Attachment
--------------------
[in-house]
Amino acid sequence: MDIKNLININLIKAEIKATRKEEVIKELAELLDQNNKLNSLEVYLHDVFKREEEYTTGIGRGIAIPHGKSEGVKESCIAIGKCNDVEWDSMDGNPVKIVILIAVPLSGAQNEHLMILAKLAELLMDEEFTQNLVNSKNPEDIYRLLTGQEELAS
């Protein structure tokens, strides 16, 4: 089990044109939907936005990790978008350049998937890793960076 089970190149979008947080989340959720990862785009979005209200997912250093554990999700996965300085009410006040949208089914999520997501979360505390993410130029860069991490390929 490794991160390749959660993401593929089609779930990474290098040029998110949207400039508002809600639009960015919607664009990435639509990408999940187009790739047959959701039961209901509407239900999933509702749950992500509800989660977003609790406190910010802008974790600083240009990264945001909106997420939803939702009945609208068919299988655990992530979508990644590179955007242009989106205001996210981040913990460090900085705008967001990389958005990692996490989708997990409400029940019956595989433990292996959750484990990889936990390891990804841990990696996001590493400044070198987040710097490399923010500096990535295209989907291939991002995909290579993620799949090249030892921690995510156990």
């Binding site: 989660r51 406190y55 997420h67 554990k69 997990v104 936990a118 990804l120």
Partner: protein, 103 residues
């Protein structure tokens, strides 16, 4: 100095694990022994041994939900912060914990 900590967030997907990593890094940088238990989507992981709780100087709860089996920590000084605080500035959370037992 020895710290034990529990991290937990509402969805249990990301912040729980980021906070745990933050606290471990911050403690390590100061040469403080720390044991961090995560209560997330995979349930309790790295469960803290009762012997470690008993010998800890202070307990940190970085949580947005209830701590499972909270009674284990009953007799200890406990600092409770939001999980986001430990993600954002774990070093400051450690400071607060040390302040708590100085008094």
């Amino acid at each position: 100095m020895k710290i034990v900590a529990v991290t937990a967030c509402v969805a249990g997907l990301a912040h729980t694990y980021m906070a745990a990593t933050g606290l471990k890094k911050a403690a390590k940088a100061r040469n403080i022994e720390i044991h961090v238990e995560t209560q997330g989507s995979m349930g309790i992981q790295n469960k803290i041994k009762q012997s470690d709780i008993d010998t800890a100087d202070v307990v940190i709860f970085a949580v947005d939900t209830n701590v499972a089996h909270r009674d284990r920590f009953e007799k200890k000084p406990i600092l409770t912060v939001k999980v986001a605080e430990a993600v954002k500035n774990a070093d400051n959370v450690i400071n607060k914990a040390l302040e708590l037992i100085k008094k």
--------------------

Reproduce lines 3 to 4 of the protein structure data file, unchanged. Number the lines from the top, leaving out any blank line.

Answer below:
């Protein structure tokens, strides 16, 4: 089990044109939907936005990790978008350049998937890793960076 089970190149979008947080989340959720990862785009979005209200997912250093554990999700996965300085009410006040949208089914999520997501979360505390993410130029860069991490390929 490794991160390749959660993401593929089609779930990474290098040029998110949207400039508002809600639009960015919607664009990435639509990408999940187009790739047959959701039961209901509407239900999933509702749950992500509800989660977003609790406190910010802008974790600083240009990264945001909106997420939803939702009945609208068919299988655990992530979508990644590179955007242009989106205001996210981040913990460090900085705008967001990389958005990692996490989708997990409400029940019956595989433990292996959750484990990889936990390891990804841990990696996001590493400044070198987040710097490399923010500096990535295209989907291939991002995909290579993620799949090249030892921690995510156990």
């Binding site: 989660r51 406190y55 997420h67 554990k69 997990v104 936990a118 990804l120």